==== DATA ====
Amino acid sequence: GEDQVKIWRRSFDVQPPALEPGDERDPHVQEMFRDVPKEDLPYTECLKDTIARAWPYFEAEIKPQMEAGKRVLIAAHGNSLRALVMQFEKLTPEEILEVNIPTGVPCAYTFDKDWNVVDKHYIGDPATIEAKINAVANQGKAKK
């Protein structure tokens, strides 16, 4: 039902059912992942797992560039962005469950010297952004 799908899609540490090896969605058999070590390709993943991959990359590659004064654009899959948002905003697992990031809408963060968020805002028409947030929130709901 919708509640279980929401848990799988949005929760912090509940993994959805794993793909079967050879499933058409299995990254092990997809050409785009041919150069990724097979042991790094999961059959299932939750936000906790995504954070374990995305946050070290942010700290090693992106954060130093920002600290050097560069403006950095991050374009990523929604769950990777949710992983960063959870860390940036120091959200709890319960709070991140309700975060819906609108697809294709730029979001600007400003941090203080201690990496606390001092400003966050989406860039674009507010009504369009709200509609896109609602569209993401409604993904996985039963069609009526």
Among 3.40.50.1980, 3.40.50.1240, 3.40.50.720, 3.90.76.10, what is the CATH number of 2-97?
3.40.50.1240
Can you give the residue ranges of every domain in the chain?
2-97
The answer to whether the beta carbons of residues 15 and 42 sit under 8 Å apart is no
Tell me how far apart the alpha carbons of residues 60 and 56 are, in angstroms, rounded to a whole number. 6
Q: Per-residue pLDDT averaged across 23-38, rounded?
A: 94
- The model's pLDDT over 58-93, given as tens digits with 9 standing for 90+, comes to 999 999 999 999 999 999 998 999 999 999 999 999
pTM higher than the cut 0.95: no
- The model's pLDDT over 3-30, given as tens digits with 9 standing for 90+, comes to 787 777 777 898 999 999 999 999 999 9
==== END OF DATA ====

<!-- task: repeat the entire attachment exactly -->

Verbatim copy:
Amino acid sequence: GEDQVKIWRRSFDVQPPALEPGDERDPHVQEMFRDVPKEDLPYTECLKDTIARAWPYFEAEIKPQMEAGKRVLIAAHGNSLRALVMQFEKLTPEEILEVNIPTGVPCAYTFDKDWNVVDKHYIGDPATIEAKINAVANQGKAKK
């Protein structure tokens, strides 16, 4: 039902059912992942797992560039962005469950010297952004 799908899609540490090896969605058999070590390709993943991959990359590659004064654009899959948002905003697992990031809408963060968020805002028409947030929130709901 919708509640279980929401848990799988949005929760912090509940993994959805794993793909079967050879499933058409299995990254092990997809050409785009041919150069990724097979042991790094999961059959299932939750936000906790995504954070374990995305946050070290942010700290090693992106954060130093920002600290050097560069403006950095991050374009990523929604769950990777949710992983960063959870860390940036120091959200709890319960709070991140309700975060819906609108697809294709730029979001600007400003941090203080201690990496606390001092400003966050989406860039674009507010009504369009709200509609896109609602569209993401409604993904996985039963069609009526």
Among 3.40.50.1980, 3.40.50.1240, 3.40.50.720, 3.90.76.10, what is the CATH number of 2-97?
3.40.50.1240
Can you give the residue ranges of every domain in the chain?
2-97
The answer to whether the beta carbons of residues 15 and 42 sit under 8 Å apart is no
Tell me how far apart the alpha carbons of residues 60 and 56 are, in angstroms, rounded to a whole number. 6
Q: Per-residue pLDDT averaged across 23-38, rounded?
A: 94
- The model's pLDDT over 58-93, given as tens digits with 9 standing for 90+, comes to 999 999 999 999 999 999 998 999 999 999 999 999
pTM higher than the cut 0.95: no
- The model's pLDDT over 3-30, given as tens digits with 9 standing for 90+, comes to 787 777 777 898 999 999 999 999 999 9